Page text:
IAMMOTHER - 4BoysDontCry
I mean, she’s just amazing.

The pacing of the film is great, because it unpacks the mystery of the world in a way that never feels rushed or slow. I do admit that the beats of the scenes are pretty standard, but they’re standard because they tend to work. The dialogue is solid, although it’s also pretty standard and sometimes a little expository. That said, a robot would likely have mostly expository ways of communicating, so… win? The third act is well done, managing to wrap everything up in a satisfying manner that adds to the rewatch.

Page 35, introduce new character/major plot point. Right on cue.

Here are the negatives:

None of the scenes really grab you on a visceral level. It’s not that the movie isn’t good or engrossing, it is, but there’s still a level of distance between the audience and the characters that’s more than you want. I think a lot of it is the sound and the cinematography. They’re both very standard, nothing to pull you in through unfamiliarity or experimentation. This is pretty much the difference between a “good” movie and a “great” movie. The fact that it’s so damned close to great only makes this more frustrating.

IAMMOTHER - 6Robots.jpg
Yeah, sadly, the build-up to stuff just isn’t as good as you’d expect.

Overall, I do recommend the film to anyone interested in the sci-fi genre. It’s definitely a good movie and deserves an audience. 


The “twist” at the end isn’t really a twist, though the movie does try to hide it by saying that 13,000+ days have passed instead of just saying 38 years. If they’d just said 38 years, then you’d immediately realize that Daughter isn’t the baby we see at the beginning. In fact, the baby we see at the beginning is almost certainly Woman, who Mother released to the survivors after first raising her, then likely raised another child who became the charred remains that Daughter finds. Since this discovery is also part of Mother’s final plan, much as everything in the movie is, it is entirely possible that the second child was intentionally only designed to be used as a guinea pig and then killed. The survivors who raised Woman were almost certainly intentionally spared from the destruction of mankind for that purpose, and have now presumably been killed. The biggest reveal is not that Mother caused the apocalypse, but that Mother did it for humanity’s own good, then teaches Daughter philosophies that both support and oppose that justification. Rather than just try to brainwash Daughter through only exposing her to one way of thinking, Mother shows her all of the various schools of thought, giving her a choice of what to follow. She then lets her experience the result of having a society based around selfishness and greed, i.e. the devastation of Earth to the point that humanity would apparently have gone extinct had Mother not done what she did. It’s a much more powerful way of convincing someone: To have them come to the conclusion by teaching them everything and letting them work it out themselves. Sadly, the world doesn’t tend to support this method so much as claim to support it then directly contradict it and convince us to directly contradict it.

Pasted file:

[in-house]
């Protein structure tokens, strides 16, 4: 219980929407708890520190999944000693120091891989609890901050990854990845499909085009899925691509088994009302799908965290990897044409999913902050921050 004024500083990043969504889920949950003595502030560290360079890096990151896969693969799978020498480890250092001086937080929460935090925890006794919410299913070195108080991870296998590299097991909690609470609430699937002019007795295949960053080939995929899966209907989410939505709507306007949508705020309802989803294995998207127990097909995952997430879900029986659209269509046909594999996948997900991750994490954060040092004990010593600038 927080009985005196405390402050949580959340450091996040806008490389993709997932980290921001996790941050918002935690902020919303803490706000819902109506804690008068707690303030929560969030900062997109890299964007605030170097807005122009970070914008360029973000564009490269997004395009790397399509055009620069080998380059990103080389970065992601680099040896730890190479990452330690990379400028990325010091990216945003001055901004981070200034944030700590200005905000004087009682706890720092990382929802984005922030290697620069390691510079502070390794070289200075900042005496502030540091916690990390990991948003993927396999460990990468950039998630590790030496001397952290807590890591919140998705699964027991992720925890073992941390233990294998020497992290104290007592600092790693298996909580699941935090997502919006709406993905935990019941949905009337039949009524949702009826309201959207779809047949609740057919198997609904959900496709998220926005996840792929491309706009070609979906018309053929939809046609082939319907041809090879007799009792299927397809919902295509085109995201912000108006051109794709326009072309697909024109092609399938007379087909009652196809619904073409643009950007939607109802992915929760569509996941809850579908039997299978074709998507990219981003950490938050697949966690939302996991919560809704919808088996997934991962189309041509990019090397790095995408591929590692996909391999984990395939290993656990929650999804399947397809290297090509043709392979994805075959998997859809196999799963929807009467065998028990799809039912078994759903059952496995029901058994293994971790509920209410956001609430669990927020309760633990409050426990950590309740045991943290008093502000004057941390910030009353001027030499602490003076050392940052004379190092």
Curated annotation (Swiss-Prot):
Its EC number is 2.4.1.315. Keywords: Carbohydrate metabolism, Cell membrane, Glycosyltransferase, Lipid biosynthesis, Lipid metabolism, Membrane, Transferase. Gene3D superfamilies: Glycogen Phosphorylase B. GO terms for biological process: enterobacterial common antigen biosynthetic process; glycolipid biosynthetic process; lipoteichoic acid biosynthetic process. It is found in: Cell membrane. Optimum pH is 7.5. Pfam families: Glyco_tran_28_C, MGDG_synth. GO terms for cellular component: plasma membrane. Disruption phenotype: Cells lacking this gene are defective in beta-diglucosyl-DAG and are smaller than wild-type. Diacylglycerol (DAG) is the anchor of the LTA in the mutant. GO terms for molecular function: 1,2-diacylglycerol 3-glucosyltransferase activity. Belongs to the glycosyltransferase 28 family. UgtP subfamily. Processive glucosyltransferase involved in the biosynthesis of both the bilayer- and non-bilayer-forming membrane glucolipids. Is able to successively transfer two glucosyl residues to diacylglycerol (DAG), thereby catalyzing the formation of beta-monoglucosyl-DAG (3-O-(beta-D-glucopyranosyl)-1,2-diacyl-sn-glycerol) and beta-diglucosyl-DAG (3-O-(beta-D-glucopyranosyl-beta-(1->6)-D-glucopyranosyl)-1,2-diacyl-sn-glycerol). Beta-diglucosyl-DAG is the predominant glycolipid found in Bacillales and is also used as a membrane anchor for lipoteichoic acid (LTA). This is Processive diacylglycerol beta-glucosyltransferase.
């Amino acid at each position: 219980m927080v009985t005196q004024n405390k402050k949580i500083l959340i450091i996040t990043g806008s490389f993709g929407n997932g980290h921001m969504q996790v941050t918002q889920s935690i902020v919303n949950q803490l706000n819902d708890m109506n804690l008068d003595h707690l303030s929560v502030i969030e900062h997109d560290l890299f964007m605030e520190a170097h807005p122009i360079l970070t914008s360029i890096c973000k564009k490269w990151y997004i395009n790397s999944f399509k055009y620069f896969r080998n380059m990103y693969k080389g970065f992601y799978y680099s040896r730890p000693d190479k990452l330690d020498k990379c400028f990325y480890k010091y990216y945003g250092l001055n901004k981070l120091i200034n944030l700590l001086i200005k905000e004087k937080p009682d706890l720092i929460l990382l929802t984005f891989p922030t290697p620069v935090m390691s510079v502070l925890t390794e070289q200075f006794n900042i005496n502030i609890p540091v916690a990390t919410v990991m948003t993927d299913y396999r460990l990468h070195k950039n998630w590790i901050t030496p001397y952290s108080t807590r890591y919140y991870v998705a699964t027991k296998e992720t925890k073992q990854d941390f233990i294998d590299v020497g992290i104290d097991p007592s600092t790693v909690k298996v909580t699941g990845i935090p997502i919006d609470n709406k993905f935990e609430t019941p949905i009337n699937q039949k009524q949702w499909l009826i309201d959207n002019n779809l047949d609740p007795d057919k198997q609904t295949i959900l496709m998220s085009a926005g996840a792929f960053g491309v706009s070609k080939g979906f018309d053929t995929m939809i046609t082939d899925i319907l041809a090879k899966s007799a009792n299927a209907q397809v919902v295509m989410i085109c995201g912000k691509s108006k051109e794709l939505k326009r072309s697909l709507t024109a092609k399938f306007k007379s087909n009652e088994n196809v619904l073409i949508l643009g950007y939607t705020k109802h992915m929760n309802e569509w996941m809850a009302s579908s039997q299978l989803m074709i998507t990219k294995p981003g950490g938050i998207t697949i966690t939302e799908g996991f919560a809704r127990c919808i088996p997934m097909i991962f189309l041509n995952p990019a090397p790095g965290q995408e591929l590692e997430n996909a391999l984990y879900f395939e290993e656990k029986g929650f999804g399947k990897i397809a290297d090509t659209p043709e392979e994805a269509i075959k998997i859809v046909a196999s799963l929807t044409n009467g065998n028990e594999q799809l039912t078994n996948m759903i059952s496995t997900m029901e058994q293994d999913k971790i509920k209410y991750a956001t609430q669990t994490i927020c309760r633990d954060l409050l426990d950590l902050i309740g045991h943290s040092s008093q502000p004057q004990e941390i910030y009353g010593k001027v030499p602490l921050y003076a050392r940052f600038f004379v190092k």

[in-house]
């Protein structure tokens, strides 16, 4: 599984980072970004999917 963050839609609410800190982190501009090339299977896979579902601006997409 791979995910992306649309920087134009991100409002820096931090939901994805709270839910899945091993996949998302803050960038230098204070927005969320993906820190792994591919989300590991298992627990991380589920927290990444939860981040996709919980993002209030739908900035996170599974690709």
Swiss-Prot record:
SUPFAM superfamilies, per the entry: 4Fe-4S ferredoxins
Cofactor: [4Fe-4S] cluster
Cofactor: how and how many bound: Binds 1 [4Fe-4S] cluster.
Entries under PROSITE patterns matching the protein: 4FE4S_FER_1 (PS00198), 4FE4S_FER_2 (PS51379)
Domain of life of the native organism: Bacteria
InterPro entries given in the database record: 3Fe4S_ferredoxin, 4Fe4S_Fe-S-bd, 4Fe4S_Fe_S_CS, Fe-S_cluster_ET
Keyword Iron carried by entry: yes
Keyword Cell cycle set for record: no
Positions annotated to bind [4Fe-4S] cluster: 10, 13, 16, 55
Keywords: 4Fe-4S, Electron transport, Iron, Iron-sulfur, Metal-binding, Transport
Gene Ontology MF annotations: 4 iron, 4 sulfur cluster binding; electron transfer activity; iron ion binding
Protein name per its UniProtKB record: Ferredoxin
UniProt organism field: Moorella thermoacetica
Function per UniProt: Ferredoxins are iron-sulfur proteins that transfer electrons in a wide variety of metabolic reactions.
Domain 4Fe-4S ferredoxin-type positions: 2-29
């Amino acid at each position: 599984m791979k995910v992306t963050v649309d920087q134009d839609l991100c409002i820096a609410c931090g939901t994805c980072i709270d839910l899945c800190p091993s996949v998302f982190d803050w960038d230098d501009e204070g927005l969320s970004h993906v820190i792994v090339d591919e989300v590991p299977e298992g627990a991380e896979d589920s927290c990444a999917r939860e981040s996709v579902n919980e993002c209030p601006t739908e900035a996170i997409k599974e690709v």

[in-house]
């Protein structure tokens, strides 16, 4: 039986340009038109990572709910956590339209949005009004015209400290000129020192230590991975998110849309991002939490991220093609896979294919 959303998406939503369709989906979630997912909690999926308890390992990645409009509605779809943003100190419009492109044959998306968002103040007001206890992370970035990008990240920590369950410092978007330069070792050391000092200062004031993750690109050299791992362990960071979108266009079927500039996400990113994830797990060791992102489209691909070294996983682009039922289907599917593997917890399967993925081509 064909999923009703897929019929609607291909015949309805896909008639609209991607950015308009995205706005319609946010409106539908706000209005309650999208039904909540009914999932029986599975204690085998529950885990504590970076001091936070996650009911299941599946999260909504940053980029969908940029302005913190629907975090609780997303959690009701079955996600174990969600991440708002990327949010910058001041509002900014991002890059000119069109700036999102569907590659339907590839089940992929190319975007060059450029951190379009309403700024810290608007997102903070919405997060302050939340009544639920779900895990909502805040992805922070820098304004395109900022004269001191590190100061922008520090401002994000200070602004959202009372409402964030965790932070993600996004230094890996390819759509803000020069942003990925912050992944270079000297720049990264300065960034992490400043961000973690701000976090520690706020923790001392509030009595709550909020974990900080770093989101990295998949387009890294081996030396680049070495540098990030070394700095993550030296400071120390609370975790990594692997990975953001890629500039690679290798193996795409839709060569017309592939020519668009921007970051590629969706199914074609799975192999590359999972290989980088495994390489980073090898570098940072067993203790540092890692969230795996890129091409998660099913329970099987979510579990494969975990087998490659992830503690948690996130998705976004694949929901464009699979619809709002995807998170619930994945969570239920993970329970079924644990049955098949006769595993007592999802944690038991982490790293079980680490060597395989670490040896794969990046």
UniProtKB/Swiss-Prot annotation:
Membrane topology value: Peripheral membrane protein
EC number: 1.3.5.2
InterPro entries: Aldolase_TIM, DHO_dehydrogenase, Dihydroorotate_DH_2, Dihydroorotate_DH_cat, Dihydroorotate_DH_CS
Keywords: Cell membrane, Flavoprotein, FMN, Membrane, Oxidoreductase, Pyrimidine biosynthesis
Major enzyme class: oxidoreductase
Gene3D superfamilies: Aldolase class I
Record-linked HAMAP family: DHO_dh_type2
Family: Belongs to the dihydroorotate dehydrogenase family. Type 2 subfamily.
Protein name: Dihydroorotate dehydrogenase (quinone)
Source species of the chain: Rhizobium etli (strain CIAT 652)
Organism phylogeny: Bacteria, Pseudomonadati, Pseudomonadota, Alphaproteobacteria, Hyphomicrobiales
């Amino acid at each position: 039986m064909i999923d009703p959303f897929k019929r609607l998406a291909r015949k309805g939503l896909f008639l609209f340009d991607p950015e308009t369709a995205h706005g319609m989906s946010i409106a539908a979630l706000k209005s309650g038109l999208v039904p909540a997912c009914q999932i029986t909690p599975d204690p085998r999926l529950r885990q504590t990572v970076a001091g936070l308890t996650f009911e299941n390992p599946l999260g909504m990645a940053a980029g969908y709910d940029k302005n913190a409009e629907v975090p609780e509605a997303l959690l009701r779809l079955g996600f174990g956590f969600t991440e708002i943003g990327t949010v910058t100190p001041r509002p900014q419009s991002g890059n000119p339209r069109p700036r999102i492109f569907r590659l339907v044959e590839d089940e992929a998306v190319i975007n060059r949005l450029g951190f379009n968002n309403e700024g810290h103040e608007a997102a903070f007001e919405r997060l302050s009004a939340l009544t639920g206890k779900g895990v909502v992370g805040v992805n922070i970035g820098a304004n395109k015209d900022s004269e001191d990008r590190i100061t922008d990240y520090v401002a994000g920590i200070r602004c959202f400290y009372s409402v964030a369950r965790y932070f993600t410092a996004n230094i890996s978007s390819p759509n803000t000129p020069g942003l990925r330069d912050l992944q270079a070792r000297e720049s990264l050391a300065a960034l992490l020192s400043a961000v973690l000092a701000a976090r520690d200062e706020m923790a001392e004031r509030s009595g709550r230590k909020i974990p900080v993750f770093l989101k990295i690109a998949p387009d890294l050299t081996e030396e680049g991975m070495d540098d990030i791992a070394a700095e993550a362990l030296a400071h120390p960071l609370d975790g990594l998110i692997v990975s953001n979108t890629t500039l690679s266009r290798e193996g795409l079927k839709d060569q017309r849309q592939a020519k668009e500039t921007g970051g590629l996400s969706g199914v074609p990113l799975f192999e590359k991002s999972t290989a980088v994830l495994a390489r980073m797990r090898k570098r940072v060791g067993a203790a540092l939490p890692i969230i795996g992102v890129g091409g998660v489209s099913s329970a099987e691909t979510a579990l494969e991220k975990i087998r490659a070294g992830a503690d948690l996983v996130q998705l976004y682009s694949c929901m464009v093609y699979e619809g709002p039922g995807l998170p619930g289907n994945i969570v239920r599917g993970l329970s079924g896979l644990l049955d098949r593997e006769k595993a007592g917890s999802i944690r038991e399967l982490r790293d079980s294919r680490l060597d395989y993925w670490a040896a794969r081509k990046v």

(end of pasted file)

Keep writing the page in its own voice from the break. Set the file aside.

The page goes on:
If you want to check out some more by the Joker on the Sofa, check out the 100 Greatest TV Episodes of All TimeCollection of TV EpisodesCollection of Movie Reviews, or the Joker on the Sofa Reviews.

If you enjoy these, please, like, share, tell your friends, like the Facebook page (, follow on Twitter @JokerOnTheSofa, and just generally give me a little bump. I’m not getting paid, but I like to get feedback.